Super Bowl Day: Ready For 17 And A Half Minutes Of Football?
RACHEL MARTIN, HOST:
The hype is over. It is indeed game day. Today in Glendale, Arizona, the New England Patriots take on the Seattle Seahawks in one of the most anticipated championship games ever. The Patriots are gunning for their fourth title since 2002, and they are ever-so-slight favorites. Defending champion Seattle is trying to become the ninth team to win back-to-back Super Bowls. It is a dream matchup after a nightmare season for the NFL. Here to talk with us from Phoenix, not far from where the game will be played, is NPR's Tom Goldman. Hey, Tom. Happy Super Bowl Sunday.
TOM GOLDMAN, BYLINE: Oh, same to you, Rachel.
MARTIN: (Laughter) So before I ask you to tell us who is going to win and why, I've got to ask you about this new study out that says we're going to see less than 20 minutes of action in this game which is shameful.
GOLDMAN: (Laughter) Believe it. A study by the nonprofit Media Education Foundation estimates there will be right around 17 1/2 minutes of actual football action in your four hour Super Bowl show. So that'll leave you lots of time to do other stuff - watch lots of commercials. The question is, Rachel, which teams will do more with that 17 1/2 minutes? Now it's very hard to say. Both are exceptional teams with multiple weapons on offense and defense and special teams. They have identical 14-4 records, very balanced offensive attacks. Tell you just a little bit about that - Seattle's offenses lean more on the pounding running of Marshawn Lynch, who should remind us today he is a lot more than just the guy who won't talk to the media. But Seattle can also win with quarterback Russell Wilson throwing the ball. Similarly, the Patriots are very, you know, they're very balanced. They've got a great running back in LeGarrette Blount. Quarterback Tom Brady - he's in the discussion of the greatest quaterbacks ever. One thing to look for - Seattle has an edge on defense because the Seahawks have basically been the gold standard for defense. But we're going to watch closely to see if any of the Seahawks outstanding defensive backs, who've been injured recently - Richard Sherman, Earl Thomas, Kam Chancellor - are having trouble playing.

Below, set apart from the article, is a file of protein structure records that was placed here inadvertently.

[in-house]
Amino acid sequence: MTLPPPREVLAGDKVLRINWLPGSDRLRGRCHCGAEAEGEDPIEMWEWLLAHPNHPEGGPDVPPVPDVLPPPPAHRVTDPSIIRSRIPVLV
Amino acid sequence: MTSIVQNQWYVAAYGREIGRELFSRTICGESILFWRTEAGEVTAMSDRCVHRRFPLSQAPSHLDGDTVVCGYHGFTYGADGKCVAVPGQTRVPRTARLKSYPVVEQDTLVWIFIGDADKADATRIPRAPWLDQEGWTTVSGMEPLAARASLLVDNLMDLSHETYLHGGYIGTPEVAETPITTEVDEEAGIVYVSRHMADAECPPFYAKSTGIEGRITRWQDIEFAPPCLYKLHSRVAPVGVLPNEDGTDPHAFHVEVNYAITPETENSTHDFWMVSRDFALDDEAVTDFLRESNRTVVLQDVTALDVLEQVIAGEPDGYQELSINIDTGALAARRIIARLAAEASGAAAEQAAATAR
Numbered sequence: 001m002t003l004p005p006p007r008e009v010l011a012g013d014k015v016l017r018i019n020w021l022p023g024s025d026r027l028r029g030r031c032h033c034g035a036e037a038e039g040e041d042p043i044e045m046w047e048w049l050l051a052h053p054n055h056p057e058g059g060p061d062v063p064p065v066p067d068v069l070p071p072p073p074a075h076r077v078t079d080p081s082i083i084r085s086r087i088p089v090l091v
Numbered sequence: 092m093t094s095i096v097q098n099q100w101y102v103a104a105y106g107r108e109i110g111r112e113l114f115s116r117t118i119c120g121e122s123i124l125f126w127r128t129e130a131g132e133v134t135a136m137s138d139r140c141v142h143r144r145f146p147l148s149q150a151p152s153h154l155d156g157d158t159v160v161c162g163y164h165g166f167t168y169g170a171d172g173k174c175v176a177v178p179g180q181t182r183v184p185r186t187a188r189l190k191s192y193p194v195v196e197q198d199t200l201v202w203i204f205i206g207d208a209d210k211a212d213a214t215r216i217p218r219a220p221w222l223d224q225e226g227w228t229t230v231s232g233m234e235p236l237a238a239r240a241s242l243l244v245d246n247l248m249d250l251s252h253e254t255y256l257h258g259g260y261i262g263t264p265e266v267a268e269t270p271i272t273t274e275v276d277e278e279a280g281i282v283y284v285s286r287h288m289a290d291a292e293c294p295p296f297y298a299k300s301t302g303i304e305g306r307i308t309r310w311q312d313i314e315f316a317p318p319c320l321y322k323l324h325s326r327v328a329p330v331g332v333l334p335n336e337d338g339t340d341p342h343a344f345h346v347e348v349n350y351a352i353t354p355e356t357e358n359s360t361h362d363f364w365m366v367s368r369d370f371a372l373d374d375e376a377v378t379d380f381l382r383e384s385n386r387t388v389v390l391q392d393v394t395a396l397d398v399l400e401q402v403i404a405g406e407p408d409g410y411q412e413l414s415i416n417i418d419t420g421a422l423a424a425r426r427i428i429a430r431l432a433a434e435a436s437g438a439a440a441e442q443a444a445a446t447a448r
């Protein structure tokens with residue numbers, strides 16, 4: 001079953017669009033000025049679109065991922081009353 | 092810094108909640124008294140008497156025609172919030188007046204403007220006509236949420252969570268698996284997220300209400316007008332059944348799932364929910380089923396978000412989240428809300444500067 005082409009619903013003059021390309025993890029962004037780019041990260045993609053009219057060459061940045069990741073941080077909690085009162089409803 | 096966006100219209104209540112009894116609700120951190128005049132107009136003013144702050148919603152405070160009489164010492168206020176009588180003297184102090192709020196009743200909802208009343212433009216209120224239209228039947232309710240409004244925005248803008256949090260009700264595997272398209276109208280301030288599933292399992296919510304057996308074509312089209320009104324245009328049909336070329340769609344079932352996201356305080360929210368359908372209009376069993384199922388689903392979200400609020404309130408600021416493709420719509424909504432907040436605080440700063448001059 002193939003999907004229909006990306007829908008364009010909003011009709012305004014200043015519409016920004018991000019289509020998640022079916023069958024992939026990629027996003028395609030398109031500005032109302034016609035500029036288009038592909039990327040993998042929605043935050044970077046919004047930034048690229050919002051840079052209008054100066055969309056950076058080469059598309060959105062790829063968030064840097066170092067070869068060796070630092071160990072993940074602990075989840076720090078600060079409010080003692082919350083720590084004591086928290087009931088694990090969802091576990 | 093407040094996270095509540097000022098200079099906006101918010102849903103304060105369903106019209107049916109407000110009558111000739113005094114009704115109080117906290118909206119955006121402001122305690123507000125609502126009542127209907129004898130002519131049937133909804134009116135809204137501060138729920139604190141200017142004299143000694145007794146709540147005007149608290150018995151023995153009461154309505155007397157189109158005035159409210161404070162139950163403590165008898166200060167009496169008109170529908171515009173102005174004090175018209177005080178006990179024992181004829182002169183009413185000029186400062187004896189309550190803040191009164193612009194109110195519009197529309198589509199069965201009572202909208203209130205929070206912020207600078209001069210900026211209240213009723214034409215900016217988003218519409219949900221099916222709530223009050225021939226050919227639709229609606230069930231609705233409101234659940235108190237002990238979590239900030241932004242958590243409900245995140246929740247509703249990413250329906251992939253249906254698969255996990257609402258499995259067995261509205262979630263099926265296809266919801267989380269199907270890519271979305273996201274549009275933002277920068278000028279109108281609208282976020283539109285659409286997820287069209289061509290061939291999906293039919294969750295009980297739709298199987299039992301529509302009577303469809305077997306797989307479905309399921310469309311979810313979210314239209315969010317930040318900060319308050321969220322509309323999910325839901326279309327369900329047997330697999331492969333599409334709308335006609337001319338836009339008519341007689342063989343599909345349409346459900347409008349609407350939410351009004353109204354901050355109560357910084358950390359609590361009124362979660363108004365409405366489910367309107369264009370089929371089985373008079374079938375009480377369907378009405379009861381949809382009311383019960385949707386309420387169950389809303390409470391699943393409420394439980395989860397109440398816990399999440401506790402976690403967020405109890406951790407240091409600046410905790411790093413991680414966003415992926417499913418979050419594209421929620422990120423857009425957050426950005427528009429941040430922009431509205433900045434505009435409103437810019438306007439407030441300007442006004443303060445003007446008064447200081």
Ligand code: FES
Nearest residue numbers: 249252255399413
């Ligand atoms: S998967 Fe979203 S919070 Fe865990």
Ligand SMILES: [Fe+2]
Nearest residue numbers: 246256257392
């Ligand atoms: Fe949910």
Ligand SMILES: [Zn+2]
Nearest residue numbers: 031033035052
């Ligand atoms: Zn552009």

MARTIN: OK. So anything tip the balance, Tom, one way or the other?
GOLDMAN: Well, this regular season, Seattle's great defense gave up 11 touchdowns to opposing tight ends. That's one of the highest amounts in the NFL. And guess who has the best tight end in football? New England with Rob Gronkowski, so advantage, perhaps, to the Patriots. And then there's this - 3 of New England's 4 losses this season came against teams with quarterbacks who run the ball really well. No one runs the ball better than Seattle's Russell Wilson. New England may be vulnerable there.
MARTIN: OK. Who's going to win?
GOLDMAN: Oh, God, I don't know.
GOLDMAN: But I will repeat my favorite prediction among the billions out there. It comes from former Baltimore Ravens head coach Brian Billick. He picked Seattle to win 24-21, but he gives this explanation. This is truly a tossup. I could give you five reasons why either of those closely matched teams will win. Ultimately, I'm just guessing. And Rachel, so is everyone else, no matter how confident they seem.
MARTIN: OK. Tom Goldman, enjoy the game.
GOLDMAN: Thanks, Rachel. Transcript provided by NPR, Copyright NPR.